Kathy leaves the newspaper business to marry homicide detective Bill but is frustrated by his lack of ambition and the banality of life in the suburbs. Her drive to advance Bill's career soon takes her down a dangerous path.
Mae Doyle comes back to her hometown a cynical woman. Her brother Joe fears that his love, fish cannery worker Peggy, may wind up like Mae. Mae marries Jerry and has a baby; she is happy but restless, drawn to Jerry's friend Earl.
Successful middle-aged businessman Steve Bradford returns to the town where he attended college many years previously. His conscience has been bothering him since whilst a student, he fathered an illegitimate son who was given away to the local orphanage. He returns to the orphanage and meets its current head, Ann Dempster, hoping to persuade her to help him find his son. She refuses but Steve finds himself getting more involved at the orphanage and learns many lessons life had failed to teach him.Written by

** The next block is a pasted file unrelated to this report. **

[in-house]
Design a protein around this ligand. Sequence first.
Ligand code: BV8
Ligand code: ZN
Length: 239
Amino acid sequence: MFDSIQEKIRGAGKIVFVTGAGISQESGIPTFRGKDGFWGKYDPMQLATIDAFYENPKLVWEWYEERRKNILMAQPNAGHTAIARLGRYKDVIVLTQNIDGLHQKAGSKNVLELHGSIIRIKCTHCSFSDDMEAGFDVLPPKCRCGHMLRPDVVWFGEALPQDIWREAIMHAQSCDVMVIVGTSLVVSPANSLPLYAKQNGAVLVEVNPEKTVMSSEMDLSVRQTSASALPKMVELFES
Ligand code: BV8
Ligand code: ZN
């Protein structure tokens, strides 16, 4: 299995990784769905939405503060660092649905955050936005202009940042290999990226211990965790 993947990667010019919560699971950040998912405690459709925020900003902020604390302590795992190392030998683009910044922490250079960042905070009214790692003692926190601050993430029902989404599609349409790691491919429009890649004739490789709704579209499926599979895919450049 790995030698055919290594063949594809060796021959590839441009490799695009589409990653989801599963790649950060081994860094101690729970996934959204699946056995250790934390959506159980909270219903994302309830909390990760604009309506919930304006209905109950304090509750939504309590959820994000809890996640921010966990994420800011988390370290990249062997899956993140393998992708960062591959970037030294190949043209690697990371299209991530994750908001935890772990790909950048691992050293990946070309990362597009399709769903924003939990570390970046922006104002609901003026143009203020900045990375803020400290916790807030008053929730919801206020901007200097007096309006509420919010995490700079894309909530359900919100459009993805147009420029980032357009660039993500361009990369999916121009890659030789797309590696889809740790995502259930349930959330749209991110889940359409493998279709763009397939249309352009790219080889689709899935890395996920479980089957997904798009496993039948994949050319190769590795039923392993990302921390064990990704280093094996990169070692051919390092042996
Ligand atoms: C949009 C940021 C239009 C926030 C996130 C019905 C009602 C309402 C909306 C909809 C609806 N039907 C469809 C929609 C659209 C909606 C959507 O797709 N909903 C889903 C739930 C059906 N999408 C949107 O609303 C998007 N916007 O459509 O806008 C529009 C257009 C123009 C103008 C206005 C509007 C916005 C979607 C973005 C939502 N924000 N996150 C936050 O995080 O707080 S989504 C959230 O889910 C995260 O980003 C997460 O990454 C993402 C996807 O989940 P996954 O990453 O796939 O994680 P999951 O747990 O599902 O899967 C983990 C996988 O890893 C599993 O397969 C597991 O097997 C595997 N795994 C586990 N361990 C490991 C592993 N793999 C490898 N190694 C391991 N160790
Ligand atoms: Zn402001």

Col Needham <firstname.lastname@example.org>
Maltin calls this a soap opera. That's what I expected it to be, but I feel that it's better than that, largely due to Cagney's performance. He's quite believable as a middle aged man who regrets the mistakes of his youth. Barbara Stanwyck is a woman struggling with an emotional and legal conflict. Throw in a good courtroom scene, and you've got a movie that holds your interest to the end. The final resolution is a bit sappy, but overall, the film is pretty good.
7 of 9 people found this review helpful.
Was this review helpful to you?
| Report this